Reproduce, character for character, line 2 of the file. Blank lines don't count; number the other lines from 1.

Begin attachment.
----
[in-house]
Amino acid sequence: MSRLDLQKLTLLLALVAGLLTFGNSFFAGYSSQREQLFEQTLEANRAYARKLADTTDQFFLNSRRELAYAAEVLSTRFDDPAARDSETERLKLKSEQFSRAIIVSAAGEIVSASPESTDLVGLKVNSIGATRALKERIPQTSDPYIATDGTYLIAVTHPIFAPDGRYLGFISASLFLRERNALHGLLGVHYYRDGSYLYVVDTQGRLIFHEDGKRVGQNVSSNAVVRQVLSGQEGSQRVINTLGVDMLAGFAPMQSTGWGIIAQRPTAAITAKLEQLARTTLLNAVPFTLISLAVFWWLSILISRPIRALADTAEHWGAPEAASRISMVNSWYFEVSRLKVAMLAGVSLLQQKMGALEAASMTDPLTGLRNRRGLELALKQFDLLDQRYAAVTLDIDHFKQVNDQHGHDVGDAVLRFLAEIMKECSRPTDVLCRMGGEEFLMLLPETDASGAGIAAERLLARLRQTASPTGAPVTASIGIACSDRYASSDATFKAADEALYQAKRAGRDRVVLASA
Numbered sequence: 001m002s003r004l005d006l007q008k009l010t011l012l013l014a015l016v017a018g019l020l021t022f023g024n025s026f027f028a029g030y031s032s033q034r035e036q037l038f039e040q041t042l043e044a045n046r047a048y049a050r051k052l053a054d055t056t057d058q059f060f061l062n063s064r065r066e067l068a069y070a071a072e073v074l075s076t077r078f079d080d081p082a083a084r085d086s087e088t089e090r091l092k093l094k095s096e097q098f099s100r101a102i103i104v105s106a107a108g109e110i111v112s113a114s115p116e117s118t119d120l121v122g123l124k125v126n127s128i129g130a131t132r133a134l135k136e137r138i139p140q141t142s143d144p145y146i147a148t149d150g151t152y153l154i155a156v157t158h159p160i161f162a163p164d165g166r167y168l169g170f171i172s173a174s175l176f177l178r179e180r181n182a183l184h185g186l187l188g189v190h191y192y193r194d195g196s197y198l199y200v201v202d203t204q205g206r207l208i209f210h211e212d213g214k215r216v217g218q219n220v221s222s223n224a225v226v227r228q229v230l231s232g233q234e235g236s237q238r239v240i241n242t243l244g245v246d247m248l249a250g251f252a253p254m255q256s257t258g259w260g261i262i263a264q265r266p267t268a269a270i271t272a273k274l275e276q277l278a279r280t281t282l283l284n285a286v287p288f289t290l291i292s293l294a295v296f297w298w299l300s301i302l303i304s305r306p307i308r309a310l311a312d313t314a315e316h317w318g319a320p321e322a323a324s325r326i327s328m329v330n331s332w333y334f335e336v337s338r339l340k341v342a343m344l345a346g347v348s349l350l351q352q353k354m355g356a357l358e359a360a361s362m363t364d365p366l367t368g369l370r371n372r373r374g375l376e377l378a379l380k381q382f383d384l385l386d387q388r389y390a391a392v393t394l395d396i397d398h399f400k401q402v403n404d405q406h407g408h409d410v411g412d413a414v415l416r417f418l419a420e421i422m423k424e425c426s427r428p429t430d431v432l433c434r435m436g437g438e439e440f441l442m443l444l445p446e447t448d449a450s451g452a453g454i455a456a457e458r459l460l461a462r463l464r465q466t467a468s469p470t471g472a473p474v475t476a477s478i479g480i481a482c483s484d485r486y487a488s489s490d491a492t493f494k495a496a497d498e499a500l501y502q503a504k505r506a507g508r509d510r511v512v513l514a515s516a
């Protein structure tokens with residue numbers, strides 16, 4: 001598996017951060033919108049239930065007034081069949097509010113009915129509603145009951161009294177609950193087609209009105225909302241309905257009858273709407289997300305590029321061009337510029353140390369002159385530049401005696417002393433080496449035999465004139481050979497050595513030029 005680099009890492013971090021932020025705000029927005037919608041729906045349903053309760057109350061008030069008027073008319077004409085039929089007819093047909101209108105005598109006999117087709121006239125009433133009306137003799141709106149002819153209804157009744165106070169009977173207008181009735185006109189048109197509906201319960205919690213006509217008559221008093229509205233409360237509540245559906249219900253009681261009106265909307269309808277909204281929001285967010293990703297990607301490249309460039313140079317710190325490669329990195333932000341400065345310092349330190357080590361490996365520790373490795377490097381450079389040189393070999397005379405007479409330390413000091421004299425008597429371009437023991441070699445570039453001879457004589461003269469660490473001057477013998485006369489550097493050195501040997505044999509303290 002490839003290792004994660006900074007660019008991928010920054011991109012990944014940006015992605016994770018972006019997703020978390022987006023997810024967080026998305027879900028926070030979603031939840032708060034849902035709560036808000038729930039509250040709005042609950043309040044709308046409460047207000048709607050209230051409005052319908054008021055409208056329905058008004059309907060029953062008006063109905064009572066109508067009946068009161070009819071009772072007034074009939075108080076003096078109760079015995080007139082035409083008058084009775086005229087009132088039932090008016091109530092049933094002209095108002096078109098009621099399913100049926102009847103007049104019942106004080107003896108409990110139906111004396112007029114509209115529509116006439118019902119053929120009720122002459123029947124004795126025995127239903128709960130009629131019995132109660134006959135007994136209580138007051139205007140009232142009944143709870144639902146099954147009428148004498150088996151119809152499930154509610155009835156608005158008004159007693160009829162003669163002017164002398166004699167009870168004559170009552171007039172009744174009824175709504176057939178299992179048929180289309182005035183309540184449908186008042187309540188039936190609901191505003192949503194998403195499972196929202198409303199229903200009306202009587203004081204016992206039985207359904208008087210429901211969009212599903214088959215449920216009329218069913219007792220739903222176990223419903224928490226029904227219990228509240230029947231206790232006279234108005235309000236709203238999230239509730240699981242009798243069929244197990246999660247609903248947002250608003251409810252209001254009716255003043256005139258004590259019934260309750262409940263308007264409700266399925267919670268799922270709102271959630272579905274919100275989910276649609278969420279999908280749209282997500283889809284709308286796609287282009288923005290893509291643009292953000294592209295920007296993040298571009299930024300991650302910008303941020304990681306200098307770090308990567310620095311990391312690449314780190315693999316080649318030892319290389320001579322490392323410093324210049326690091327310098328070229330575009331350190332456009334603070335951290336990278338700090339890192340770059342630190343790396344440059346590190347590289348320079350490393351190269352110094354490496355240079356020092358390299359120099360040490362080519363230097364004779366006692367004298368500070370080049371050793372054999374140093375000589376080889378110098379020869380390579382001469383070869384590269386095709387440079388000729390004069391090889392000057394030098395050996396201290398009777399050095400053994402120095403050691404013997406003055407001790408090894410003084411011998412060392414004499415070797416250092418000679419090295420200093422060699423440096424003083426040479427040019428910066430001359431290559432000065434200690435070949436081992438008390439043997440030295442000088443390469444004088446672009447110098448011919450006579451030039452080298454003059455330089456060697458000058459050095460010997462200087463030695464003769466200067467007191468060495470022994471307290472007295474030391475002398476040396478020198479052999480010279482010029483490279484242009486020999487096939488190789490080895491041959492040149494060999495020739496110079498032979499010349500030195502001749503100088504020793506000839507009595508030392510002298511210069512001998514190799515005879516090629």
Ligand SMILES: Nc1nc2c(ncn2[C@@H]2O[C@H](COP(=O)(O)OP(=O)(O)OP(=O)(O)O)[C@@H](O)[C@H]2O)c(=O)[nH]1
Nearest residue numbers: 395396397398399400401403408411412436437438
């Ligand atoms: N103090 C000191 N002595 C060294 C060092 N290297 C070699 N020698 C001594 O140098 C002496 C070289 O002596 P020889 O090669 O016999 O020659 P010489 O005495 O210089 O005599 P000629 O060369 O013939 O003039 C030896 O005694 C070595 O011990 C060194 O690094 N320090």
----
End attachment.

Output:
Amino acid sequence: MSRLDLQKLTLLLALVAGLLTFGNSFFAGYSSQREQLFEQTLEANRAYARKLADTTDQFFLNSRRELAYAAEVLSTRFDDPAARDSETERLKLKSEQFSRAIIVSAAGEIVSASPESTDLVGLKVNSIGATRALKERIPQTSDPYIATDGTYLIAVTHPIFAPDGRYLGFISASLFLRERNALHGLLGVHYYRDGSYLYVVDTQGRLIFHEDGKRVGQNVSSNAVVRQVLSGQEGSQRVINTLGVDMLAGFAPMQSTGWGIIAQRPTAAITAKLEQLARTTLLNAVPFTLISLAVFWWLSILISRPIRALADTAEHWGAPEAASRISMVNSWYFEVSRLKVAMLAGVSLLQQKMGALEAASMTDPLTGLRNRRGLELALKQFDLLDQRYAAVTLDIDHFKQVNDQHGHDVGDAVLRFLAEIMKECSRPTDVLCRMGGEEFLMLLPETDASGAGIAAERLLARLRQTASPTGAPVTASIGIACSDRYASSDATFKAADEALYQAKRAGRDRVVLASA